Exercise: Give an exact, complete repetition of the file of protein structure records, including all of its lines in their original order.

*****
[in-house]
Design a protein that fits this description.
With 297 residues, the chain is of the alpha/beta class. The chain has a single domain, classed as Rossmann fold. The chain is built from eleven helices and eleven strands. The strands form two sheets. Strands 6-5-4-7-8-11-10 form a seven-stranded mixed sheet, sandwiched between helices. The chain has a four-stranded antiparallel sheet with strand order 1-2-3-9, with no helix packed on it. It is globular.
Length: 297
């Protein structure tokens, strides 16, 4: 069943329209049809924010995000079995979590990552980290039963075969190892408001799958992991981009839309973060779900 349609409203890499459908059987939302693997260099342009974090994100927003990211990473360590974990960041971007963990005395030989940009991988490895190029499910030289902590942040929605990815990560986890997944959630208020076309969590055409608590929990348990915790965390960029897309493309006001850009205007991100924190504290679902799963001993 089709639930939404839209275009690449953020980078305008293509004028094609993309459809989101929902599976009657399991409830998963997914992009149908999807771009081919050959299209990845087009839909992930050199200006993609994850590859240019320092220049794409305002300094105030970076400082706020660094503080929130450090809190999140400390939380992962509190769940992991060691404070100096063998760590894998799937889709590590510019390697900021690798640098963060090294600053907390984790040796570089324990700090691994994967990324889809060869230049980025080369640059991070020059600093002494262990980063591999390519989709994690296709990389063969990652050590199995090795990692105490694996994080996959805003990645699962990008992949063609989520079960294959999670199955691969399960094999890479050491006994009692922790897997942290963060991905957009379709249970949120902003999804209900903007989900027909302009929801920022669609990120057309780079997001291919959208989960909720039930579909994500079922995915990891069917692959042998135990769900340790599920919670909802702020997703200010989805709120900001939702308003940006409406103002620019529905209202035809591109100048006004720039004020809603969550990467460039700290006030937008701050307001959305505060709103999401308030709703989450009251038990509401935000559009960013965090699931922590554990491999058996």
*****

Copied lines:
[in-house]
Design a protein that fits this description.
With 297 residues, the chain is of the alpha/beta class. The chain has a single domain, classed as Rossmann fold. The chain is built from eleven helices and eleven strands. The strands form two sheets. Strands 6-5-4-7-8-11-10 form a seven-stranded mixed sheet, sandwiched between helices. The chain has a four-stranded antiparallel sheet with strand order 1-2-3-9, with no helix packed on it. It is globular.
Length: 297
């Protein structure tokens, strides 16, 4: 069943329209049809924010995000079995979590990552980290039963075969190892408001799958992991981009839309973060779900 349609409203890499459908059987939302693997260099342009974090994100927003990211990473360590974990960041971007963990005395030989940009991988490895190029499910030289902590942040929605990815990560986890997944959630208020076309969590055409608590929990348990915790965390960029897309493309006001850009205007991100924190504290679902799963001993 089709639930939404839209275009690449953020980078305008293509004028094609993309459809989101929902599976009657399991409830998963997914992009149908999807771009081919050959299209990845087009839909992930050199200006993609994850590859240019320092220049794409305002300094105030970076400082706020660094503080929130450090809190999140400390939380992962509190769940992991060691404070100096063998760590894998799937889709590590510019390697900021690798640098963060090294600053907390984790040796570089324990700090691994994967990324889809060869230049980025080369640059991070020059600093002494262990980063591999390519989709994690296709990389063969990652050590199995090795990692105490694996994080996959805003990645699962990008992949063609989520079960294959999670199955691969399960094999890479050491006994009692922790897997942290963060991905957009379709249970949120902003999804209900903007989900027909302009929801920022669609990120057309780079997001291919959208989960909720039930579909994500079922995915990891069917692959042998135990769900340790599920919670909802702020997703200010989805709120900001939702308003940006409406103002620019529905209202035809591109100048006004720039004020809603969550990467460039700290006030937008701050307001959305505060709103999401308030709703989450009251038990509401935000559009960013965090699931922590554990491999058996």